You Got a Raise! Now What?

iQuanti: Getting a raise is a fantastic feeling. You’re being rewarded for all the time and effort you’ve put in. And it’s certainly a time to celebrate! But when many people actually see the money in their next paycheck, they’re not quite sure what to do. And when you don’t have a plan for your money, it’s going to find a home that’s not intentional. 
Here’s what to do after you get a raise to make the most of your hard-earned money. 
Calculate Your Pay Raise 
You may be so excited by receiving a raise that you want to immediately start spending the money. But it’s essential to take a breath, and maybe a few weeks, to start seeing the raise in your paychecks first. That’s because when it’s said and done, the big raise you got might not make that much of an impact on your bottom line. 
For example, maybe yesterday, your boss thanked you for your hard work and indicated you’d be getting a 3% raise this year. If you make $50,000 a year, a 3% raise equals a new salary of $51,500. So if you get paid 24 times per year, that’s a pre-tax raise of $62.50 a paycheck. However, after taxes, you might only be seeing about $30 extra bucks a pay period. 
That’s why it’s critical to calculate your pay raise or take a wait-and-see approach before you make big financial plans. An extra $30 per paycheck is great, but it might mean the difference in deciding to up your credit card payments instead of buying that new TV. 
Get Your Insurance Coverage in Order 
A common excuse for those living without solid medical, disability or life insurance is that it’s too expensive. But buying insurance can’t wait until it’s too late. 
Buying medical and disability insurance can keep you financially solvent even if your ability to do your job is disrupted, while the right life insurance policy will protect your loved ones financially if something happens to you. That places it securely in the category of needs, not wants. 
Of course, you may also be wondering, “How much life insurance do I need?” And while there’s no magic number that works for everyone, the general recommendation is to buy a policy that would pay 10 times your income.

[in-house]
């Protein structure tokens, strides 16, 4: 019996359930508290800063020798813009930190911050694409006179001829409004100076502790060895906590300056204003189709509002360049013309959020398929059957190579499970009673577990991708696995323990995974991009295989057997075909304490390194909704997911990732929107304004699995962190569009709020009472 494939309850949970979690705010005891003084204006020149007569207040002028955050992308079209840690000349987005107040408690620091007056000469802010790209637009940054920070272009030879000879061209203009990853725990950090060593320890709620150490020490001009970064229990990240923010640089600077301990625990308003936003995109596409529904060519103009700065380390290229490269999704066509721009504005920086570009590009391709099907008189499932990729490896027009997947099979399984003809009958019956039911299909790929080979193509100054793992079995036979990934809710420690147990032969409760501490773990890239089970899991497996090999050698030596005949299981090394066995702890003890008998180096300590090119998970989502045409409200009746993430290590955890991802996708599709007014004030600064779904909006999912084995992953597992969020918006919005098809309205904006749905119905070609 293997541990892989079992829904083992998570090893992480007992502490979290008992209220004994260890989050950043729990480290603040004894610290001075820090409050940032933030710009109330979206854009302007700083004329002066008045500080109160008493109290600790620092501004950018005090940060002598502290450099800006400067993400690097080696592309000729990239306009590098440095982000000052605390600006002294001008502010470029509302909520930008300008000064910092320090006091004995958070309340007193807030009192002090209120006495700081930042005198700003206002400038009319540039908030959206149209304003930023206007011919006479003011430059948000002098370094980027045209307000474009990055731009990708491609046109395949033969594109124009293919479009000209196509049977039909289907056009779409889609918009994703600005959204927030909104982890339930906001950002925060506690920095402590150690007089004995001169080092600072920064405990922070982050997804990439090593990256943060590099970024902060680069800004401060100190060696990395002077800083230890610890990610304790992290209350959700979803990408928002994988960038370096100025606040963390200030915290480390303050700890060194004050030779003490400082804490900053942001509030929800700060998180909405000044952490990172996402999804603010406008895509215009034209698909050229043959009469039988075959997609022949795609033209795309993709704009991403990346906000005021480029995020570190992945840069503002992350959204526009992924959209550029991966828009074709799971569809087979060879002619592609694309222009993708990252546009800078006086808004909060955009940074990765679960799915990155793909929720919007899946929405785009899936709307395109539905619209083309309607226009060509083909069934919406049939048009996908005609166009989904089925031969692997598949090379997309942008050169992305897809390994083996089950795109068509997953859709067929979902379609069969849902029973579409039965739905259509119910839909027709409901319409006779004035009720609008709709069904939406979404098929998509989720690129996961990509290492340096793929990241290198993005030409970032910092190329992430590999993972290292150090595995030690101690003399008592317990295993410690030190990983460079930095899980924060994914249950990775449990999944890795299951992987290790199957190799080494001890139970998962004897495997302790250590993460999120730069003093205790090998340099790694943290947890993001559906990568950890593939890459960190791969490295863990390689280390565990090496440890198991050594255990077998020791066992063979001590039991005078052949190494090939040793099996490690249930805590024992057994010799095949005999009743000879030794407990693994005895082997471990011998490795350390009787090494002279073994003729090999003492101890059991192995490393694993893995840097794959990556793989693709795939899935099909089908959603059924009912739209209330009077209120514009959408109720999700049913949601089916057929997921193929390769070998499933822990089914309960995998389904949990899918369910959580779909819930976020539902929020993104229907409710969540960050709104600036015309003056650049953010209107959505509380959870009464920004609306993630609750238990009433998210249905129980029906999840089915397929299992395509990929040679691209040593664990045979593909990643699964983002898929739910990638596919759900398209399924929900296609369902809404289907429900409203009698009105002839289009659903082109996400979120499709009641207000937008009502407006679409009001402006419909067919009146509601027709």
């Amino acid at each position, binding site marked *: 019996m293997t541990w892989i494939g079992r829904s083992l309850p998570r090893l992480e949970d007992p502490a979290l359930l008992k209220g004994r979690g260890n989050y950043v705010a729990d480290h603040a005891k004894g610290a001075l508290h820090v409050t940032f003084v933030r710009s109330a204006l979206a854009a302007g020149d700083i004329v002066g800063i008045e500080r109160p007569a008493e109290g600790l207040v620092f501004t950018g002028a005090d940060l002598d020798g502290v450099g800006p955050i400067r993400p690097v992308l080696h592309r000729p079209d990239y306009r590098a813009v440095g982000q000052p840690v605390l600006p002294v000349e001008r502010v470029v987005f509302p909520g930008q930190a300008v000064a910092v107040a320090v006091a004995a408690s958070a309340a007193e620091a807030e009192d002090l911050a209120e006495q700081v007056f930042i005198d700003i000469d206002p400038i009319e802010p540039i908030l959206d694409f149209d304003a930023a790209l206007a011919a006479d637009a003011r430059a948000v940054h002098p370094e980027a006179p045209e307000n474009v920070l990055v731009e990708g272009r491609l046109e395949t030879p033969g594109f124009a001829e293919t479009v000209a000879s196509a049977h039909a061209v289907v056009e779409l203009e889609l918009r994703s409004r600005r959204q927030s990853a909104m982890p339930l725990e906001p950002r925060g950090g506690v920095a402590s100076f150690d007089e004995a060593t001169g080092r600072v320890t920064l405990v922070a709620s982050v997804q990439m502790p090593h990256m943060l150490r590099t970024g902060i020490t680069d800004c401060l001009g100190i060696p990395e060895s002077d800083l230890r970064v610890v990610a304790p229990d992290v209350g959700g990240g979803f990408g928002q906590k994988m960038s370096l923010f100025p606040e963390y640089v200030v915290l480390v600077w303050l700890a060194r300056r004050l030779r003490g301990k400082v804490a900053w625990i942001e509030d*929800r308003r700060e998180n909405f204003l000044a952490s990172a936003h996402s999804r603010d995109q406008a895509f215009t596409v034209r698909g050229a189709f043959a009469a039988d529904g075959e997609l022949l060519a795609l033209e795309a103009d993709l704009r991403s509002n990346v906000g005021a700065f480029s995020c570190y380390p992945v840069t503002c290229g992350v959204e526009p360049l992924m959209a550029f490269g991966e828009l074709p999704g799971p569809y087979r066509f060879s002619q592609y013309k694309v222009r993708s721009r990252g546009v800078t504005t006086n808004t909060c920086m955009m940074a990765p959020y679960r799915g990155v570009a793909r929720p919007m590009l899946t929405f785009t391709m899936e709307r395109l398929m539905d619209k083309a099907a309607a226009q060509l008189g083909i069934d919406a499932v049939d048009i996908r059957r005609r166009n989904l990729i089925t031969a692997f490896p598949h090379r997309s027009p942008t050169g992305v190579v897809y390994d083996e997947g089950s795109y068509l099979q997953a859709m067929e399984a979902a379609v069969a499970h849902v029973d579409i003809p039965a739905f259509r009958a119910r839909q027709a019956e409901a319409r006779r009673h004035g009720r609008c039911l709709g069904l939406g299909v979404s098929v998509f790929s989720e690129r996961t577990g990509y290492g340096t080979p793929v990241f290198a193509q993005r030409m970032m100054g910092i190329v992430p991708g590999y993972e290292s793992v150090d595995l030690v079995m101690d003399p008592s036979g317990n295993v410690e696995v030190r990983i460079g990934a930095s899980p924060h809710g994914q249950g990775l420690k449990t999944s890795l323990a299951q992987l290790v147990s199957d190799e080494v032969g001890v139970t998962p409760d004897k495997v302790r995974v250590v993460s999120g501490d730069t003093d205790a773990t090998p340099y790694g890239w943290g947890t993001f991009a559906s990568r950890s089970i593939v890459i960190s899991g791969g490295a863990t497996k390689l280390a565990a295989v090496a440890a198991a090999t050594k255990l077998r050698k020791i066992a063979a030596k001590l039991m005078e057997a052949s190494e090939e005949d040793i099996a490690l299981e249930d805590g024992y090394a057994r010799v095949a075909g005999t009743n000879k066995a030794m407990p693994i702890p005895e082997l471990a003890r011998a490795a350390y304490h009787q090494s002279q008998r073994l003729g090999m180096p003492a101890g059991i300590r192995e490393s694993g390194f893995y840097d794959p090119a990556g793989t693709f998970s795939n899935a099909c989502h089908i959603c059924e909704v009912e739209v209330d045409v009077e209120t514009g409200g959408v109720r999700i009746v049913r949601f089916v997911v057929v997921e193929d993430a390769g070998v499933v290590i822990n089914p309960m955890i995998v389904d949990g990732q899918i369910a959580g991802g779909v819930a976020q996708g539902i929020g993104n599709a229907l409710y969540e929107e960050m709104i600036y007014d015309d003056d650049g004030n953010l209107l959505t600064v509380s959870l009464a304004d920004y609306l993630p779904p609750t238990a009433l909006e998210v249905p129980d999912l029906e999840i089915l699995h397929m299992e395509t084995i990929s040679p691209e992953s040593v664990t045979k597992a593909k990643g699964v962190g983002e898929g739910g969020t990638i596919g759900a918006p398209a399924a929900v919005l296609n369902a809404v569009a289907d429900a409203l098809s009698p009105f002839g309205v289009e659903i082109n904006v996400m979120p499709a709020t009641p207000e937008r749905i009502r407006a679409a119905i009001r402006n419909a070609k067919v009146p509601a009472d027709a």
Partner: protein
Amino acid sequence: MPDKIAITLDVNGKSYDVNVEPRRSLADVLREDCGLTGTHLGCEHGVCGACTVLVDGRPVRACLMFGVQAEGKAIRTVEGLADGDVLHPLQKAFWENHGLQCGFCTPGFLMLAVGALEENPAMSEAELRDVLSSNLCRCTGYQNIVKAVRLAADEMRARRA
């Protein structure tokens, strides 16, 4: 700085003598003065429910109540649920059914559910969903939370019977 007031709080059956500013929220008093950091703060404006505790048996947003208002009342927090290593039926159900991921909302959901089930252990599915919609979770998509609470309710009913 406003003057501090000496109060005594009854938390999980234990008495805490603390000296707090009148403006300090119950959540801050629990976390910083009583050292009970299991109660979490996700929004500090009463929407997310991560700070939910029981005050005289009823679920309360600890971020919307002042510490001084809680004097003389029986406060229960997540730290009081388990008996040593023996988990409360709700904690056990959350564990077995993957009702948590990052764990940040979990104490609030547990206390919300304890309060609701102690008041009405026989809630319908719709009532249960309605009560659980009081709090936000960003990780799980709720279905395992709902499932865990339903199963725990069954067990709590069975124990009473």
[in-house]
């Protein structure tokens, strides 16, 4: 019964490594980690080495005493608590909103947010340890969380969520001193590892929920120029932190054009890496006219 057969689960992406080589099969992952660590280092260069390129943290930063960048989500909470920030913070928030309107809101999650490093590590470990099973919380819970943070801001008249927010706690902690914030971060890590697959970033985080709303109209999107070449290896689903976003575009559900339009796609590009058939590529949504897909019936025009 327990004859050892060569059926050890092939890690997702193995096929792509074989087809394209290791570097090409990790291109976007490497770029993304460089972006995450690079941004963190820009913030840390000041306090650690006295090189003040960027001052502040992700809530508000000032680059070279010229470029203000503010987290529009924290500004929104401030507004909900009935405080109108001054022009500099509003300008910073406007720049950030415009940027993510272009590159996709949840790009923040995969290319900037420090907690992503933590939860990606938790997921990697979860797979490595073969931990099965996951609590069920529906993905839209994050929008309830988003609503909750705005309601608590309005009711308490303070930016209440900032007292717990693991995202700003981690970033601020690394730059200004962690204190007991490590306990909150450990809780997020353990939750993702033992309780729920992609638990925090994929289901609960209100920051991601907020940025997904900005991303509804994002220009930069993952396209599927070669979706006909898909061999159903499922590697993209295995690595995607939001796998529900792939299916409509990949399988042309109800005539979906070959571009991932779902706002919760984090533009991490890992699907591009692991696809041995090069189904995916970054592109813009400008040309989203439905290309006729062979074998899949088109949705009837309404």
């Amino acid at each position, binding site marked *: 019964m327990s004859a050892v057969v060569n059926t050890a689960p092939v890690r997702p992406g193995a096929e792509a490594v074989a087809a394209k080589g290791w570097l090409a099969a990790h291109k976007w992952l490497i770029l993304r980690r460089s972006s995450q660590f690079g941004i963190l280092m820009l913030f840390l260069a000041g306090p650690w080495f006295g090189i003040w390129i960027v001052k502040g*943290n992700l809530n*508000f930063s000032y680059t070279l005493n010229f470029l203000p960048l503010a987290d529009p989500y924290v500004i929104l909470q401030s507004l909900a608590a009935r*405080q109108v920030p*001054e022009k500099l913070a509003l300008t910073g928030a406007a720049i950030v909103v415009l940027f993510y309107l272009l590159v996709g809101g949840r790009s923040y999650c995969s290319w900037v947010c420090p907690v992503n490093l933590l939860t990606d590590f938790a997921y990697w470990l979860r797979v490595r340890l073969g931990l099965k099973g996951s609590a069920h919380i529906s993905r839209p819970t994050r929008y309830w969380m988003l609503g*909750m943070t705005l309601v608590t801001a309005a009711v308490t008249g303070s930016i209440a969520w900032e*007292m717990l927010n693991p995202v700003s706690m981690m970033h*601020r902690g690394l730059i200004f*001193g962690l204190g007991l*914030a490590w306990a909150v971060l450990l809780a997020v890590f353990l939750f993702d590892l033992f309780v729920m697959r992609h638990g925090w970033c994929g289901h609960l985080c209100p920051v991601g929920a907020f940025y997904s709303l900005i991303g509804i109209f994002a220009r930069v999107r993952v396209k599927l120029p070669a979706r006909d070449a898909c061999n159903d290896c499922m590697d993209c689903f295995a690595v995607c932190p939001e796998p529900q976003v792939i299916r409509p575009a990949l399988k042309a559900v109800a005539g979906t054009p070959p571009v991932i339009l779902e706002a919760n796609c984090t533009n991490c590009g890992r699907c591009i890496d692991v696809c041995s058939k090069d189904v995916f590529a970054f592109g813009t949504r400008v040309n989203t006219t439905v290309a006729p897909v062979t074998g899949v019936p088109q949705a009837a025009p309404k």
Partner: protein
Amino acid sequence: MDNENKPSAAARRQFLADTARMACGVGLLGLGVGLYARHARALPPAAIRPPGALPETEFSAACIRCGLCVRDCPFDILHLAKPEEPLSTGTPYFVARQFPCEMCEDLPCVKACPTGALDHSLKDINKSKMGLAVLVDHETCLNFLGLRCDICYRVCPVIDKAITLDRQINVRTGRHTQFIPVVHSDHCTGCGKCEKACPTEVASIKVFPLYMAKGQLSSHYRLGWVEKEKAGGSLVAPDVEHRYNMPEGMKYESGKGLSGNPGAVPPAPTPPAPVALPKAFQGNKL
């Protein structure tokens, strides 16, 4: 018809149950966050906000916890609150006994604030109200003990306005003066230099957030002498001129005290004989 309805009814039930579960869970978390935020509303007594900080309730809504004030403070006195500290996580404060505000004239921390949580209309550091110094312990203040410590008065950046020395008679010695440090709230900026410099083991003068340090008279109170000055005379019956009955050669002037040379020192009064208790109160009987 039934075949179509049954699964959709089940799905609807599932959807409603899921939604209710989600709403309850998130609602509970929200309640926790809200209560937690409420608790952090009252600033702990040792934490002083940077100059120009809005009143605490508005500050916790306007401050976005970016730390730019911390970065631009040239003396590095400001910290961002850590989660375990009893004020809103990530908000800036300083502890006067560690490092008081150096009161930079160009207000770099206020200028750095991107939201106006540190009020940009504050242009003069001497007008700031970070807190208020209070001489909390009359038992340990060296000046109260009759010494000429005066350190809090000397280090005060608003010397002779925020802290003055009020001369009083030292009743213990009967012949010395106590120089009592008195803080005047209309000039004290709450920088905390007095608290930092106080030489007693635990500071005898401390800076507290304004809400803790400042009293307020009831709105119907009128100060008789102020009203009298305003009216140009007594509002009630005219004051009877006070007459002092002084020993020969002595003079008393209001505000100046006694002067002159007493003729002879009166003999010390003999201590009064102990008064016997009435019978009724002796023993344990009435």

By shopping for life insurance after a raise, you’ll be sure your policy is covering your new income. Plus, the cost of a term life insurance policy is often more affordable than you might expect, and putting your new pay bump towards your family’s peace of mind is invaluable. 
Build Your Emergency Fund 
An emergency fund is intended to protect you from needing to take on debt when life throws you an unexpected curveball. 
The general recommendation for the size of an emergency fund is 3-6 months of living expenses. So if you’re not yet comfortable with the size of your emergency reserves, seize the opportunity to use the extra money to build them up. Even adding $50 a month can mean hundreds of dollars more in your emergency fund each year. 
Increase Your Retirement Contributions 
If you haven’t signed up for your employer-sponsored retirement plan, or if you’ve only been contributing to get the match, a raise is a great time to up your contribution amount. The major perk of upping retirement contributions is that if your plan is pre-tax, you’ll get a much bigger bang for your buck. So instead of seeing $30 more in your paycheck, you could put the whole 3% increase towards your 401(k). 
The Bottom Line 
When you receive a raise, it’s important to acknowledge the hard work that got you there. But it’s not always the best choice to buy yourself a big reward. Instead, look at options like buying life insurance, building your emergency fund, or increasing retirement contributions. These aren’t the most glamorous purchases you’ll ever make, but they’ll certainly have a more significant impact on your financial bottom line. 
Source: iQuanti, Inc.